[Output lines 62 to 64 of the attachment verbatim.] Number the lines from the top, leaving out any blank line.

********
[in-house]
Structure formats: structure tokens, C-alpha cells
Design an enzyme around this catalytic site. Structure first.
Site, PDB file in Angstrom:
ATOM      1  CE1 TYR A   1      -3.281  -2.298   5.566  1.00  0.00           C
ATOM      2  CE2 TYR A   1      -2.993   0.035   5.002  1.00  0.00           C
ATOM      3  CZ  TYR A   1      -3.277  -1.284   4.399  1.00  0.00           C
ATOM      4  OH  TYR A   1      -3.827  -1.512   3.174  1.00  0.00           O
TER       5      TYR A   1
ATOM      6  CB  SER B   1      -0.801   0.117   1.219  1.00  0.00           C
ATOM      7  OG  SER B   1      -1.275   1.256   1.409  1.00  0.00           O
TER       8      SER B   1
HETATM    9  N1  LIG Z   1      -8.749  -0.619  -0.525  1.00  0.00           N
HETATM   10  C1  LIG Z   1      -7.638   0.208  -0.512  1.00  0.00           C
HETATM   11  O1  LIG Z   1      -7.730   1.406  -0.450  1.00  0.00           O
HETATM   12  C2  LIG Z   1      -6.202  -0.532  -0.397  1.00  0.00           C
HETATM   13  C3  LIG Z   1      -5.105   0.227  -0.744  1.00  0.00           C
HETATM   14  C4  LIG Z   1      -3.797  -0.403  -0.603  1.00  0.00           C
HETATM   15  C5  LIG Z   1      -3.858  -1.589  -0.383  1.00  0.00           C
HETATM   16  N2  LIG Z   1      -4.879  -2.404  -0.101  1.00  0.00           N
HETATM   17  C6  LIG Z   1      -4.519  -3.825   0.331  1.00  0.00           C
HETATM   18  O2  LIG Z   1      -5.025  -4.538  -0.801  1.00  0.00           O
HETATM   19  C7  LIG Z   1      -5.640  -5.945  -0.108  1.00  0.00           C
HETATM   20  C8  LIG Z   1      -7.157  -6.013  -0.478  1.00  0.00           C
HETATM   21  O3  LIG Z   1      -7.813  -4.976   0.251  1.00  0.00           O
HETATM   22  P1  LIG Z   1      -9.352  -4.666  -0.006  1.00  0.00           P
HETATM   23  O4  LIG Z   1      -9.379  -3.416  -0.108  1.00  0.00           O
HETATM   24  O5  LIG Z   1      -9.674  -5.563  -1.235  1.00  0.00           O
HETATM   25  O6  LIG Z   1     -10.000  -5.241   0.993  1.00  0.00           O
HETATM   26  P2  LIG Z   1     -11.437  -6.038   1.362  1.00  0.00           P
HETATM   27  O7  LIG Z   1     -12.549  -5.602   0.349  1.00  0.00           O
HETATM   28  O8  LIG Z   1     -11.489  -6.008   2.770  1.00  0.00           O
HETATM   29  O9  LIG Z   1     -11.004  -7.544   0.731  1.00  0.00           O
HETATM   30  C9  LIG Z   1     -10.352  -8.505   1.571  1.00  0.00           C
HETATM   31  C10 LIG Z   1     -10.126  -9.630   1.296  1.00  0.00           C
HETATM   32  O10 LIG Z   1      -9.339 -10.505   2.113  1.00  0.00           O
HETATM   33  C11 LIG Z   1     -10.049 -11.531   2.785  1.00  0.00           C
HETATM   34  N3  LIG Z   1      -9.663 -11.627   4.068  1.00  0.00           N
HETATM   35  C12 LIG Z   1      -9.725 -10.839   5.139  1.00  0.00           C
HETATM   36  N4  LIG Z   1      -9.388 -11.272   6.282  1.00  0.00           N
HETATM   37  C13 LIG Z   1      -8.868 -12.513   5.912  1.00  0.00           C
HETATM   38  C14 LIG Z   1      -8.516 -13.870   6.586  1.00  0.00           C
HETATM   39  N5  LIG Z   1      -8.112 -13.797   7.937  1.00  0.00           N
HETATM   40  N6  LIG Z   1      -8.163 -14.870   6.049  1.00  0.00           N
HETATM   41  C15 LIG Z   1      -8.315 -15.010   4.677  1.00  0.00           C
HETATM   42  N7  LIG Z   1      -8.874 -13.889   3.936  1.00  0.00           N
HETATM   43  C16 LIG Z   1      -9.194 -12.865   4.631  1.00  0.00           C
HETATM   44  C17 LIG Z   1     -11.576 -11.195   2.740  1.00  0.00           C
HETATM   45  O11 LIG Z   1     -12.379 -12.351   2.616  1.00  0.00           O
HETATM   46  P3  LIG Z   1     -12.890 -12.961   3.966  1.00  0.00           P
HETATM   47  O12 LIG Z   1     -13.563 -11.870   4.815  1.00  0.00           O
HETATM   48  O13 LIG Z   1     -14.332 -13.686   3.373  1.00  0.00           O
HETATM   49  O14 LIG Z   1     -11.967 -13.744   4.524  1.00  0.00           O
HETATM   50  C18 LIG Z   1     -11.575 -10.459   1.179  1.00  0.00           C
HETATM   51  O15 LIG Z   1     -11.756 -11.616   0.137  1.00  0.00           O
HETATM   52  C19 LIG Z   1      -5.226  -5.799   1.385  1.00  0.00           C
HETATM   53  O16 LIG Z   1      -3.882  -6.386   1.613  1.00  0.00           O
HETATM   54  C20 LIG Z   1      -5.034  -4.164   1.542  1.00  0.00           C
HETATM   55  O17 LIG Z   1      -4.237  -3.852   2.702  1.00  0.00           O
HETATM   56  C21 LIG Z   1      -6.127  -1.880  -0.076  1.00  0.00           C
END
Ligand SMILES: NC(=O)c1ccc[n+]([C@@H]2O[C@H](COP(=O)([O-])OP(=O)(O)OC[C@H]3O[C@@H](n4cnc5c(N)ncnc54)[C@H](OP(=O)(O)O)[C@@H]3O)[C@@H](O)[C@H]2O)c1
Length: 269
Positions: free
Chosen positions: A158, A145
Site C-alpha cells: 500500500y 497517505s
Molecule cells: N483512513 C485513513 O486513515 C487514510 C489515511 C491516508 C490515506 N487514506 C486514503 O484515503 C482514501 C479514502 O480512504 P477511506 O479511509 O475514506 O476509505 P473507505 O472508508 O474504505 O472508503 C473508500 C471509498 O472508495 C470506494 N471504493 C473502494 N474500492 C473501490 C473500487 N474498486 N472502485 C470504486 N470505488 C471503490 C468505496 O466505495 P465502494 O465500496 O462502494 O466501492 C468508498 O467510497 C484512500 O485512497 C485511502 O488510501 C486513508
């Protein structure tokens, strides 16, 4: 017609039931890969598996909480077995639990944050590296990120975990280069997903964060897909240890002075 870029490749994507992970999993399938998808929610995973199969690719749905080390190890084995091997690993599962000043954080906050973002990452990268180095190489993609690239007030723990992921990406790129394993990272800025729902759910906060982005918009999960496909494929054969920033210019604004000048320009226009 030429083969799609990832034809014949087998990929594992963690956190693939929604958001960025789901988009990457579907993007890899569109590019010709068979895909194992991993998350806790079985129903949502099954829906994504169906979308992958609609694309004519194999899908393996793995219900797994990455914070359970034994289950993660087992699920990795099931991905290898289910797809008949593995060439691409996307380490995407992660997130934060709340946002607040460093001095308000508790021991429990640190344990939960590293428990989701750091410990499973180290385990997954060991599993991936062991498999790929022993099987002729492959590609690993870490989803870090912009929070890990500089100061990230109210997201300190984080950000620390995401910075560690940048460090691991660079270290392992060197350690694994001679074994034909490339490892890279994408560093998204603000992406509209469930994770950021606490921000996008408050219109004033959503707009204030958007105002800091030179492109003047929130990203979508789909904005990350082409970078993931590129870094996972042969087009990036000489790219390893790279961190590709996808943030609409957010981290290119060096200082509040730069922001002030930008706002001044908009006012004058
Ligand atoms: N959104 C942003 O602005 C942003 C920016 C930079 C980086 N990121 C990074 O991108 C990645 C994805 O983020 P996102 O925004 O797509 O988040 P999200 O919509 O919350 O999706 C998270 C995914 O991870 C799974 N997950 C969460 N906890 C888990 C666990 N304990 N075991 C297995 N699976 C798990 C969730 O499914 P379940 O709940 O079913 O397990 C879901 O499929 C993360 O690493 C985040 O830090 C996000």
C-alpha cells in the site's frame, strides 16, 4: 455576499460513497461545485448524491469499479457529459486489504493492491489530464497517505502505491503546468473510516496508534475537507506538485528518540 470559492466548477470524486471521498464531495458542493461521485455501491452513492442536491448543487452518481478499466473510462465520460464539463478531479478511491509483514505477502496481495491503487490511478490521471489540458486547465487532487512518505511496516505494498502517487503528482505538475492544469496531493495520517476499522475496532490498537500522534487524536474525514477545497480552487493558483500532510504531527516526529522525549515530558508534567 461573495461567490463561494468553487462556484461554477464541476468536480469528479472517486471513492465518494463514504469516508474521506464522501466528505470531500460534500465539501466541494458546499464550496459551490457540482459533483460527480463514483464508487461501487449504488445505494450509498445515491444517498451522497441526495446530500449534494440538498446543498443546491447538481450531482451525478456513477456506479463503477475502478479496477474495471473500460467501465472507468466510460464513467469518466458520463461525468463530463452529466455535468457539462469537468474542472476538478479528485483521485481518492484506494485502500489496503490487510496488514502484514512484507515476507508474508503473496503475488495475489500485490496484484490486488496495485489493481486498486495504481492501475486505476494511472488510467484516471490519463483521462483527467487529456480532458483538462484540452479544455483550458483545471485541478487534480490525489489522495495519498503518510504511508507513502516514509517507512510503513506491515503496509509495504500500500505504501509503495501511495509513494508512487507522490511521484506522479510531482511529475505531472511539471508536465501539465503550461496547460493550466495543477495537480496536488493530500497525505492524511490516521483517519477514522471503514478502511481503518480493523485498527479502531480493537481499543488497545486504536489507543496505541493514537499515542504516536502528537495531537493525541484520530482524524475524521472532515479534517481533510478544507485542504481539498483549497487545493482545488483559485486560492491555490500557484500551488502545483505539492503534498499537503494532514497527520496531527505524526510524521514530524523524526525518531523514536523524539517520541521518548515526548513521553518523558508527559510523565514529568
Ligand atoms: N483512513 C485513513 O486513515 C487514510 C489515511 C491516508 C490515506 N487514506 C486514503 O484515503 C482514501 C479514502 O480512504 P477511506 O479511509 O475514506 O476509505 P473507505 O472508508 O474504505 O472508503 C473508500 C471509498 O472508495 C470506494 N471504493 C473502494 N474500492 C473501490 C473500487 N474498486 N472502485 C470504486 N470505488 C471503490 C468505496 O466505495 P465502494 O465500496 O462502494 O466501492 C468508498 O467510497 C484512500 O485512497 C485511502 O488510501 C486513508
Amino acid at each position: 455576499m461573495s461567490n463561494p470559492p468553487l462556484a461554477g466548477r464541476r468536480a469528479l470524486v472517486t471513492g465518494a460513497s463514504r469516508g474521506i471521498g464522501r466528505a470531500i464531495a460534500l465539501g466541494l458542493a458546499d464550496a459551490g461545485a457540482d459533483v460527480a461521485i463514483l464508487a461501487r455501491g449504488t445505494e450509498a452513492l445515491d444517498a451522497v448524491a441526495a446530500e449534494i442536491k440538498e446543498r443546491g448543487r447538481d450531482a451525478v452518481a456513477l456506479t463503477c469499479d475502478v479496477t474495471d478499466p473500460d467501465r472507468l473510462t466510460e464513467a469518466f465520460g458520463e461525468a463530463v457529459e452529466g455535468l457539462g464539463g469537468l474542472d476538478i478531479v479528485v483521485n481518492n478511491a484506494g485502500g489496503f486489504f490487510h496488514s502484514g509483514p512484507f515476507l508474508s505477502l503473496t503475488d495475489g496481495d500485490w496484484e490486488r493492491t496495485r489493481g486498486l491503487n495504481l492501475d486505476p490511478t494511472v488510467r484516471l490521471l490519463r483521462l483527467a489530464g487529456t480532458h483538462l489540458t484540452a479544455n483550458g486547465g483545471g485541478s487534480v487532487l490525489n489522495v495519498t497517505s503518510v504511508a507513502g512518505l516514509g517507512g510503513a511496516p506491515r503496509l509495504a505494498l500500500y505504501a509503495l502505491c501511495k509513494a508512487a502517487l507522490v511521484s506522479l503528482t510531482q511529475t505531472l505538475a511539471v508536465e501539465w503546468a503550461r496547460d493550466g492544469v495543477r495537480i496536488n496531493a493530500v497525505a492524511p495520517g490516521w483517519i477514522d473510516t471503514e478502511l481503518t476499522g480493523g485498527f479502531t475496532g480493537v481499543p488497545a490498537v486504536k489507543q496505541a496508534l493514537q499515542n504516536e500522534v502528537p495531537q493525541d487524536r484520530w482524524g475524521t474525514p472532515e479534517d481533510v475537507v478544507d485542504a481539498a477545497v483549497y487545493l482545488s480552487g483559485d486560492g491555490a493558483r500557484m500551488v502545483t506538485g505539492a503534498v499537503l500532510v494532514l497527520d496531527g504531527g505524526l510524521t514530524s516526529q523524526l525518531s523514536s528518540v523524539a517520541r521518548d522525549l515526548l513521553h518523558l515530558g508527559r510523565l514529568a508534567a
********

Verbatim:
Ligand SMILES: NC(=O)c1ccc[n+]([C@@H]2O[C@H](COP(=O)([O-])OP(=O)(O)OC[C@H]3O[C@@H](n4cnc5c(N)ncnc54)[C@H](OP(=O)(O)O)[C@@H]3O)[C@@H](O)[C@H]2O)c1
Length: 269
Positions: free